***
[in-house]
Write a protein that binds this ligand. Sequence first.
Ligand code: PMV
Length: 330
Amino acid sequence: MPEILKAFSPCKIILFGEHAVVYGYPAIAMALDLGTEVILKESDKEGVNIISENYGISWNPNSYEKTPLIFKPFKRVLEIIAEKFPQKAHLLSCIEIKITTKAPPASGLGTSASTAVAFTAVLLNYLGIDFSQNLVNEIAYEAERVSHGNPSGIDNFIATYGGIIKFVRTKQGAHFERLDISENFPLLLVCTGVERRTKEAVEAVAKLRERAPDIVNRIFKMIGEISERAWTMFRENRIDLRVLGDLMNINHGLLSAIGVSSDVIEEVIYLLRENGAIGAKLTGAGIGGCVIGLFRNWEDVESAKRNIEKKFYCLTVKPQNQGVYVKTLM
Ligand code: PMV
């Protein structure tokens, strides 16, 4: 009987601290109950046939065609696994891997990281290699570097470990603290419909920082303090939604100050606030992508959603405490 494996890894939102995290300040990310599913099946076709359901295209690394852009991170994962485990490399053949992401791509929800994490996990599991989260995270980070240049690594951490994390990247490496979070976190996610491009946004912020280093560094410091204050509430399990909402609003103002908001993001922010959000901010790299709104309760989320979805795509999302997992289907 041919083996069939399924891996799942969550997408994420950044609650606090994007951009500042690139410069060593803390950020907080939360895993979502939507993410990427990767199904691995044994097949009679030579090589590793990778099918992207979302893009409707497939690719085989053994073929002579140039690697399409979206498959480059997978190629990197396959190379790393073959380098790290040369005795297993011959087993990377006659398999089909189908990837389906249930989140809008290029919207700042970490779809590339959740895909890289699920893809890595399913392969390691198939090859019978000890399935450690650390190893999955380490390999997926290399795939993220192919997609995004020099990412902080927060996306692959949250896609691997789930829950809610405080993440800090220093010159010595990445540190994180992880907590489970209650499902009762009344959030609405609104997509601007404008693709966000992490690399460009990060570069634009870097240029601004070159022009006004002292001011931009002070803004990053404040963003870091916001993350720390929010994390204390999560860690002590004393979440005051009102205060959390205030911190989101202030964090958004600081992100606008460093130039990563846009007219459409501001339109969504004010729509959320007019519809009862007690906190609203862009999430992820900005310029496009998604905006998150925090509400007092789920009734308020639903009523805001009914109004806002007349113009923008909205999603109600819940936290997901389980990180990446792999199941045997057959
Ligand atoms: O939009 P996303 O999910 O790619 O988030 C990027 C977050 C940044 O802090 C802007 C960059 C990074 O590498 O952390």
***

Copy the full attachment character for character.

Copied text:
[in-house]
Write a protein that binds this ligand. Sequence first.
Ligand code: PMV
Length: 330
Amino acid sequence: MPEILKAFSPCKIILFGEHAVVYGYPAIAMALDLGTEVILKESDKEGVNIISENYGISWNPNSYEKTPLIFKPFKRVLEIIAEKFPQKAHLLSCIEIKITTKAPPASGLGTSASTAVAFTAVLLNYLGIDFSQNLVNEIAYEAERVSHGNPSGIDNFIATYGGIIKFVRTKQGAHFERLDISENFPLLLVCTGVERRTKEAVEAVAKLRERAPDIVNRIFKMIGEISERAWTMFRENRIDLRVLGDLMNINHGLLSAIGVSSDVIEEVIYLLRENGAIGAKLTGAGIGGCVIGLFRNWEDVESAKRNIEKKFYCLTVKPQNQGVYVKTLM
Ligand code: PMV
């Protein structure tokens, strides 16, 4: 009987601290109950046939065609696994891997990281290699570097470990603290419909920082303090939604100050606030992508959603405490 494996890894939102995290300040990310599913099946076709359901295209690394852009991170994962485990490399053949992401791509929800994490996990599991989260995270980070240049690594951490994390990247490496979070976190996610491009946004912020280093560094410091204050509430399990909402609003103002908001993001922010959000901010790299709104309760989320979805795509999302997992289907 041919083996069939399924891996799942969550997408994420950044609650606090994007951009500042690139410069060593803390950020907080939360895993979502939507993410990427990767199904691995044994097949009679030579090589590793990778099918992207979302893009409707497939690719085989053994073929002579140039690697399409979206498959480059997978190629990197396959190379790393073959380098790290040369005795297993011959087993990377006659398999089909189908990837389906249930989140809008290029919207700042970490779809590339959740895909890289699920893809890595399913392969390691198939090859019978000890399935450690650390190893999955380490390999997926290399795939993220192919997609995004020099990412902080927060996306692959949250896609691997789930829950809610405080993440800090220093010159010595990445540190994180992880907590489970209650499902009762009344959030609405609104997509601007404008693709966000992490690399460009990060570069634009870097240029601004070159022009006004002292001011931009002070803004990053404040963003870091916001993350720390929010994390204390999560860690002590004393979440005051009102205060959390205030911190989101202030964090958004600081992100606008460093130039990563846009007219459409501001339109969504004010729509959320007019519809009862007690906190609203862009999430992820900005310029496009998604905006998150925090509400007092789920009734308020639903009523805001009914109004806002007349113009923008909205999603109600819940936290997901389980990180990446792999199941045997057959
Ligand atoms: O939009 P996303 O999910 O790619 O988030 C990027 C977050 C940044 O802090 C802007 C960059 C990074 O590498 O952390």